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Take the following :

#include <stdio.h>

main() {
    unsigned long long verybig = 285212672;

    printf("Without variable : %llu\n", 285212672);
    printf("With variable    : %llu", verybig);
}

This is the output of the above program :

Without variable : 18035667472744448
With variable    : 285212672


As you can see from the above, when printf is passed the number as a constant, it prints some huge incorrect number, but when the value is first stored in a variable, printf prints the correct number.

What is the reasoning behind this?

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4 Answers 4

up vote 23 down vote accepted

Try 285212672ULL; if you write it without suffixes, you'll find the compiler treats it as a regular integer. The reason it's working in a variable is because the integer is being cast up to an unsigned long long in the assignment, so that the value passed to printf() is the right type.

And before you ask, no, the compiler probably isn't smart enough to figure it out from the "%llu" in the printf() format string. That's a different level of abstraction. The compiler is responsible for the language syntax, printf() semantics are not part of the syntax, it's a runtime library function (no different really from your own functions except that it's included in the standard).

Consider the following code for a 32-bit int and 64-bit unsigned long long system:

#include <stdio.h>

int main (void) {
    printf ("%llu\n",1,2);
    printf ("%llu\n",1ULL,2);
    return 0;
}

which outputs:

8589934593
1

In the first case, the two 32-bit integers 1 and 2 are pushed on the stack and printf() interprets that as a single 64-bit ULL value, 2 x 232 + 1. The 2 argument is being inadvertently included in the ULL value.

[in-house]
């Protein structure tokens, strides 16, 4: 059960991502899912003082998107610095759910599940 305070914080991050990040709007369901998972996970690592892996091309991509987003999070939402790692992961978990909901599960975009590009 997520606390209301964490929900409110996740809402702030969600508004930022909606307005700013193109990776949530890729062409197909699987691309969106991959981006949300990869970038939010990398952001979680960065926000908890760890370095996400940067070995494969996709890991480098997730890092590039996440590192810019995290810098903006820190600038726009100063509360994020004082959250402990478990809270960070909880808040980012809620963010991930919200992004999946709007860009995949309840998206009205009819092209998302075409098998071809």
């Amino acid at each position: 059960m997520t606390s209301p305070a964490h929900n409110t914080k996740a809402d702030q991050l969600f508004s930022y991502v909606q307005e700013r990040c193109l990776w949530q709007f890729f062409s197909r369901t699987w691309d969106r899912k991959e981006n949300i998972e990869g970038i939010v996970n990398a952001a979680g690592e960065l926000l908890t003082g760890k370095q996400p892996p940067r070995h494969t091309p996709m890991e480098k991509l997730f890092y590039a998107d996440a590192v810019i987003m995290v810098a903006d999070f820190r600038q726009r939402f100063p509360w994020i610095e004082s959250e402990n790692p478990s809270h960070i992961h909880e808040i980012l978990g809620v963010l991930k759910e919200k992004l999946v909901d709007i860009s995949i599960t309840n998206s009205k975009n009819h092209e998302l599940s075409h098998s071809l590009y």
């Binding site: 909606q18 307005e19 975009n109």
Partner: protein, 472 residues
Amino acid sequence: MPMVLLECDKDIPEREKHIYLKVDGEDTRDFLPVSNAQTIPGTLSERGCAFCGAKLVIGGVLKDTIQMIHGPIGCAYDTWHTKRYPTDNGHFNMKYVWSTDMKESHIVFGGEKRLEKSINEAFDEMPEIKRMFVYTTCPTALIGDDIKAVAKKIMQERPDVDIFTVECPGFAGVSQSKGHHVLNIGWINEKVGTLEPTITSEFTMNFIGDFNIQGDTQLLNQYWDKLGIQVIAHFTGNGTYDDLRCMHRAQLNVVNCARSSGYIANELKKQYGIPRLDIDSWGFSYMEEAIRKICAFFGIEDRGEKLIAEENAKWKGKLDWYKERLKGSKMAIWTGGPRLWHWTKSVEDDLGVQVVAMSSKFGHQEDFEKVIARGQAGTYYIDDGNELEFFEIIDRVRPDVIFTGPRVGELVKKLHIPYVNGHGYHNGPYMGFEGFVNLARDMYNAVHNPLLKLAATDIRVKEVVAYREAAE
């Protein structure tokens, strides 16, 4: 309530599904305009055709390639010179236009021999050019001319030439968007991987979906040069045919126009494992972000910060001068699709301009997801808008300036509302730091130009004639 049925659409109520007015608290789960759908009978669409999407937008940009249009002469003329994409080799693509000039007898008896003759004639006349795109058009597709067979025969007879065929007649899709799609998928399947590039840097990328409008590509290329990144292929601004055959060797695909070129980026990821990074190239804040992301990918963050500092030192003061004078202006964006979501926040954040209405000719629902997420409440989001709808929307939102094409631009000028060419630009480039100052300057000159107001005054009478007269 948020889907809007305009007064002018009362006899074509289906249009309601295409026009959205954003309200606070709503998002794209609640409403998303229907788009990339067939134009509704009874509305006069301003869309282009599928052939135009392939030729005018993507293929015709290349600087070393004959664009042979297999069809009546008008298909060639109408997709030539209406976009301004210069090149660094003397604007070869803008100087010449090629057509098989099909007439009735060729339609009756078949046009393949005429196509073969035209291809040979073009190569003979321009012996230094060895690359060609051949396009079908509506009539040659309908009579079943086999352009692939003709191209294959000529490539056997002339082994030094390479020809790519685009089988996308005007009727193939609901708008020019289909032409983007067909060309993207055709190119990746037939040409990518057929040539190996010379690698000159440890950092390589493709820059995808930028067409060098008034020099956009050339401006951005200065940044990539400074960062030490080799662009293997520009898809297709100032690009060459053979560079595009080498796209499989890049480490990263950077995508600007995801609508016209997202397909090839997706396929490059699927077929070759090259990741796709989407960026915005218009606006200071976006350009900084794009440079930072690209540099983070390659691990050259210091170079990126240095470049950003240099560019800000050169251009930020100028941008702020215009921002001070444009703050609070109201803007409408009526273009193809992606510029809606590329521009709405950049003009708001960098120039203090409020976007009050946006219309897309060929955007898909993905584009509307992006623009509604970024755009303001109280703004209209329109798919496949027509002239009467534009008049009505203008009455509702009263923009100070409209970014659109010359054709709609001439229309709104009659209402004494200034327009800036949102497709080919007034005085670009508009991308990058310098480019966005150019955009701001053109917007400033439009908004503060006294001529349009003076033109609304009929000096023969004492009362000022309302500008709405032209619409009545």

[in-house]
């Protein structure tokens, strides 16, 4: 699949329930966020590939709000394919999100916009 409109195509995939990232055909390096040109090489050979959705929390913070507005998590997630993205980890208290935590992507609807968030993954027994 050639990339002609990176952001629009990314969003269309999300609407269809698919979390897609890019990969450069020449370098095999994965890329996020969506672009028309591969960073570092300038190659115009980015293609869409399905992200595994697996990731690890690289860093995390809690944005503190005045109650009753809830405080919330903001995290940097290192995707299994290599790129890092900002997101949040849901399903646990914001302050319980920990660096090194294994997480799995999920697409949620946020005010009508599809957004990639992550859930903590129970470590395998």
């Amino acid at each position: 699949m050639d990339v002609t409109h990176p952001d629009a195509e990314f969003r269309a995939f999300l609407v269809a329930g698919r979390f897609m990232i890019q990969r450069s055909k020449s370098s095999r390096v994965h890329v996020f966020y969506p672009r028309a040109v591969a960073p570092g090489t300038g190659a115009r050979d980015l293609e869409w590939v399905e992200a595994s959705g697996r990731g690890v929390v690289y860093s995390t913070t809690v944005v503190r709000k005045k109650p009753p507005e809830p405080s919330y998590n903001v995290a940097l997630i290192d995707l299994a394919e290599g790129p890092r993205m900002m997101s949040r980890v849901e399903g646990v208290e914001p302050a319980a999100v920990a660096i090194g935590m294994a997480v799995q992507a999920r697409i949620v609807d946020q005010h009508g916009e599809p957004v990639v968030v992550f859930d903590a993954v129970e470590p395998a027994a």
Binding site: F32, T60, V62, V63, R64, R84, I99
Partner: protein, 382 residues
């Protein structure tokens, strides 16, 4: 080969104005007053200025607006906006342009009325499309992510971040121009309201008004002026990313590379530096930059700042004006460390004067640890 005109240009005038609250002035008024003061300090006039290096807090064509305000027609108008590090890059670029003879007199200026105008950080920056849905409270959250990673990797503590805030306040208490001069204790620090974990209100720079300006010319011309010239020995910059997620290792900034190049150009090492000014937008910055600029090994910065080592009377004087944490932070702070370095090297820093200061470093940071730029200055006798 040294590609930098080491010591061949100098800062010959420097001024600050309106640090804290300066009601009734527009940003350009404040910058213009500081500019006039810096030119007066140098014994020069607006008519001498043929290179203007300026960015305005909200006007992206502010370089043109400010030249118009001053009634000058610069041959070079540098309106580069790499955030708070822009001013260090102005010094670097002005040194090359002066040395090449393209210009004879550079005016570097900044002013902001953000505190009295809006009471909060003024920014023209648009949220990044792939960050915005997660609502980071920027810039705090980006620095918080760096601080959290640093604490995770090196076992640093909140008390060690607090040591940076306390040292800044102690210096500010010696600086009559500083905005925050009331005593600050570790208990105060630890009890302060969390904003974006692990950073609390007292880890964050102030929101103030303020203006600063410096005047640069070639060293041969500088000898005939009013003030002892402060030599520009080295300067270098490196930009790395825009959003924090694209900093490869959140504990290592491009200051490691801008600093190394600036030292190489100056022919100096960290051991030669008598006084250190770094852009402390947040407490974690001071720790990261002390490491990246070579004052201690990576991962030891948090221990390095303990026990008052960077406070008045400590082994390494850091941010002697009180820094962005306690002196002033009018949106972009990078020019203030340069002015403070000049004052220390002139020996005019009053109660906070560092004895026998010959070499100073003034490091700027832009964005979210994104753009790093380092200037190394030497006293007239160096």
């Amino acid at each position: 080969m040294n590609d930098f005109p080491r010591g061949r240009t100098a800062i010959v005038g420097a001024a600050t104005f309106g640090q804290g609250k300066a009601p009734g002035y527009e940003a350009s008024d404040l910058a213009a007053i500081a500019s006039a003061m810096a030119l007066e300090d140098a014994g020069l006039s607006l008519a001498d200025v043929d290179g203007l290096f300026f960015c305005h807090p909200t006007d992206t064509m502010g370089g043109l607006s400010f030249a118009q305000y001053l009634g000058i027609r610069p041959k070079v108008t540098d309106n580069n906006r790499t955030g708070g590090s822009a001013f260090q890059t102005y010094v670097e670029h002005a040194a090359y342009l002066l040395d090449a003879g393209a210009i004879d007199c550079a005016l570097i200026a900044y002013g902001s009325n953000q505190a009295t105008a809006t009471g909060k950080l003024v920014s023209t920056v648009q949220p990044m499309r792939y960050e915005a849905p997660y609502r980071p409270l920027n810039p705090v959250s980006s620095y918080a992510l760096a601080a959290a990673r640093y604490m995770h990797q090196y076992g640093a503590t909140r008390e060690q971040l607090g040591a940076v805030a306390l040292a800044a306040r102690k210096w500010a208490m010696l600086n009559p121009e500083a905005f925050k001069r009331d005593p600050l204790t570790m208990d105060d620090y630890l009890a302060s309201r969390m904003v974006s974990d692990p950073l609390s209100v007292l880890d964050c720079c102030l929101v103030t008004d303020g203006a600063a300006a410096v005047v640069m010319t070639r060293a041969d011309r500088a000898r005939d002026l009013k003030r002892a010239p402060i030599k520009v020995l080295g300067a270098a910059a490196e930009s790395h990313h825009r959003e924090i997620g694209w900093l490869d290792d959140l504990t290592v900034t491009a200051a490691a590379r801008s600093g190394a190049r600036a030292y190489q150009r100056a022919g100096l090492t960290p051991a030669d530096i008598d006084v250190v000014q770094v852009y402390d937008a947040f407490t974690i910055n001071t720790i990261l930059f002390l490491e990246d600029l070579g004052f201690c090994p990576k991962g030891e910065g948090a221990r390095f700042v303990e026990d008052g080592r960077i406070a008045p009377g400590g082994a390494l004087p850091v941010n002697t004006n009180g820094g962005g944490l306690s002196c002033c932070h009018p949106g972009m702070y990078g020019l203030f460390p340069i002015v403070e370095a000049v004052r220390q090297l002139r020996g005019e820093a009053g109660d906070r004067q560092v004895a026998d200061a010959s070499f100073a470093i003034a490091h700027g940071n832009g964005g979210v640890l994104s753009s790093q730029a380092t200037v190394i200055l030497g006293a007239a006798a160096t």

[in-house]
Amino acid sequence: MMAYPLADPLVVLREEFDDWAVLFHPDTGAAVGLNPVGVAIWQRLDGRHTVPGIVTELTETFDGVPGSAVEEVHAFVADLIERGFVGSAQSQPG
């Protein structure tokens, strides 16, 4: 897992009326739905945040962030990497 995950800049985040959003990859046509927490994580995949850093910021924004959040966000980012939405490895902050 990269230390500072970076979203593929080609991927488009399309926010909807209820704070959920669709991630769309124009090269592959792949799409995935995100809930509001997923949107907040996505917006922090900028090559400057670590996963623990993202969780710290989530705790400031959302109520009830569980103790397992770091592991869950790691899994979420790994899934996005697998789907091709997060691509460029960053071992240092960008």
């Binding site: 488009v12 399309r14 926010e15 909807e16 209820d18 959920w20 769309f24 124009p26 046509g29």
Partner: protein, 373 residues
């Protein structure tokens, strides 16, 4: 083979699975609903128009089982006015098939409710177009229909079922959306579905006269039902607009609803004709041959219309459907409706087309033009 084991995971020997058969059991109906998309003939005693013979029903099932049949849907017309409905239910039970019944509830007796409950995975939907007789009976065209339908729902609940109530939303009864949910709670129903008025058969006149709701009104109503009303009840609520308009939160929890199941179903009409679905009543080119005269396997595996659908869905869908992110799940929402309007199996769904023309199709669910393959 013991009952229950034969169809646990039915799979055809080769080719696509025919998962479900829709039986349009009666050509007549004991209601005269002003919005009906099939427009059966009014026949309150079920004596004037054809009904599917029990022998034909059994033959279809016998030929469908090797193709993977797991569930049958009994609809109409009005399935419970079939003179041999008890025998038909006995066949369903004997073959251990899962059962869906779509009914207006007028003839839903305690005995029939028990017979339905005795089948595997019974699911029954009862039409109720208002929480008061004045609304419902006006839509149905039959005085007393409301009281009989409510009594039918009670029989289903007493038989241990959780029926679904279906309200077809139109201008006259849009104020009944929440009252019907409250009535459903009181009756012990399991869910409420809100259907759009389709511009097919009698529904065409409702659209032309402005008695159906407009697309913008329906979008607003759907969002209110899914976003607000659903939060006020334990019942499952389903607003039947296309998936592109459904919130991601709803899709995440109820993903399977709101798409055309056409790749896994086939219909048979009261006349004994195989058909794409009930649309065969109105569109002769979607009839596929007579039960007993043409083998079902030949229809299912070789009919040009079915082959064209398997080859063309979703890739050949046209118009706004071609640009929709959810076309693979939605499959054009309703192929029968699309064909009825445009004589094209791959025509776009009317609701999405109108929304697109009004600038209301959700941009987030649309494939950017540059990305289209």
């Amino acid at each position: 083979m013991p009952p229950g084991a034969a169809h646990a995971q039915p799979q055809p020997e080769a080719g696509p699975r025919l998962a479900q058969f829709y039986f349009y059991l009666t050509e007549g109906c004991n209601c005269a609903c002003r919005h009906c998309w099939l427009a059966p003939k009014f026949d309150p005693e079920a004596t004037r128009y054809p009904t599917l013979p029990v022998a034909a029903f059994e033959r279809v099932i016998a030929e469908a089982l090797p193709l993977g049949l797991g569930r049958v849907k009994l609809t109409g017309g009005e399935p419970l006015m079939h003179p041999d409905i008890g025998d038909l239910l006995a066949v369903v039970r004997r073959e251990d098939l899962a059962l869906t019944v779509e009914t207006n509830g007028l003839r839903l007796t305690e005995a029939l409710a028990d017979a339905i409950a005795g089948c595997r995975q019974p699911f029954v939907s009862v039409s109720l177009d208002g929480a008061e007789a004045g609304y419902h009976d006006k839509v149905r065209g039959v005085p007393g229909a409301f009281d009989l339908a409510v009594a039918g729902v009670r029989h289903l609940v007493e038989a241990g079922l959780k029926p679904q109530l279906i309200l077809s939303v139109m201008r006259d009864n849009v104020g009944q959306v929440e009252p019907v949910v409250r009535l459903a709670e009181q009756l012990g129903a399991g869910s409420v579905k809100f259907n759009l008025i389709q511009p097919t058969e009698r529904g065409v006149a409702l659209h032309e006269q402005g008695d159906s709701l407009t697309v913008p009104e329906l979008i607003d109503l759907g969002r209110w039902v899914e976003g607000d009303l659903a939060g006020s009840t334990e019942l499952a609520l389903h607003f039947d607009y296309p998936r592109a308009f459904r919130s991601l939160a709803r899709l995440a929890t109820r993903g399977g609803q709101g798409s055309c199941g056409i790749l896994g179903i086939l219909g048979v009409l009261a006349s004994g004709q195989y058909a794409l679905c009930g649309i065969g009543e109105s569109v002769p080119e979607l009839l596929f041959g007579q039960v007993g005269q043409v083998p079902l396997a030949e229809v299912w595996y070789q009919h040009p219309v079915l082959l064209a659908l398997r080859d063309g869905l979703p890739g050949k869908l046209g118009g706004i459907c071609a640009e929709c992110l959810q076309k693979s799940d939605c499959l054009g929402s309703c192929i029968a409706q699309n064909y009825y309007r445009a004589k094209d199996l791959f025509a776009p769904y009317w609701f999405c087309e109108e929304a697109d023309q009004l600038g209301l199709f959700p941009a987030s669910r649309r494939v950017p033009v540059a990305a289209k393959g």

In the second, you actually push the 64-bit 1-value and a superfluous 32-bit integer 2, which is ignored.

Note that this "getting out of step" between your format string and your actual arguments is a bad idea. Something like:

printf ("%llu %s %d\n", 0, "hello", 0);

is likely to crash because the 32-bit "hello" pointer will be consumed by the %llu and %s will try to de-reference the final 0 argument. The following "picture" illustrates this (let's assume that cells are 32-bits and that the "hello" string is stored at 0xbf000000.

What you pass     Stack frames     What printf() uses
                 +------------+
0                | 0          | \
                 +------------+  > 64-bit value for %llu.
"hello"          | 0xbf000000 | /
                 +------------+
0                | 0          |    value for %s (likely core dump here).
                 +------------+
                 | ?          |    value for %d (could be anything).
                 +------------+
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1  
but i think compiler is smart enough to figure out %u in printf format spec, try printf("%d %u",~0,~0).. both will print values as expected.. –  sud03r Sep 6 '09 at 19:18
    
No - those data types are the same size - it's printf() figuring that out - try %d with 'a'. –  paxdiablo Sep 6 '09 at 22:43
    
Pax: That's fine too, character literals are integer constants. –  caf Sep 7 '09 at 1:26
1  
Right you are @caf, but the compiler is still not looking inside printf arguments. And it shouldn't since that's a different abstraction level (language vs. runtime library). I've updated the answer with more info. –  paxdiablo Sep 7 '09 at 2:11
    
In the code you use 1 and 2, but in the text you use 0 and 1 :) –  Johannes Schaub - litb Sep 7 '09 at 2:41

It's worth pointing out that some compilers give a useful warning for this case - for example, this is what GCC says about your code:

x.c: In function ‘main’:
x.c:6: warning: format ‘%llu’ expects type ‘long long unsigned int’, but argument 2 has type ‘int’
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1  
Yet another reason not to ignore compilation warnings. –  reuben Sep 7 '09 at 2:30

285212672 is an int value. printf expects an unsigned long long and you're passing it an int. Consequently, it'll take more bytes off the stack than you passed a real value and prints garbage. When you put it in an unsigned long long variable before passing it to the function, it'll be promoted to unsigned long long in the assignment line and you pass that value to printf which works correctly.

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Datatype is simply a way of interpreting contents of a memory location.
in first case the constant value is stored in read only memory location as an int, the printf tries to interpret this address as 8 byte location as it is instructed that the value stored is long long in process of which it prints garbage value.
In the second case printf tries to interpret a long long value as 8 bytes and it prints what is expected.

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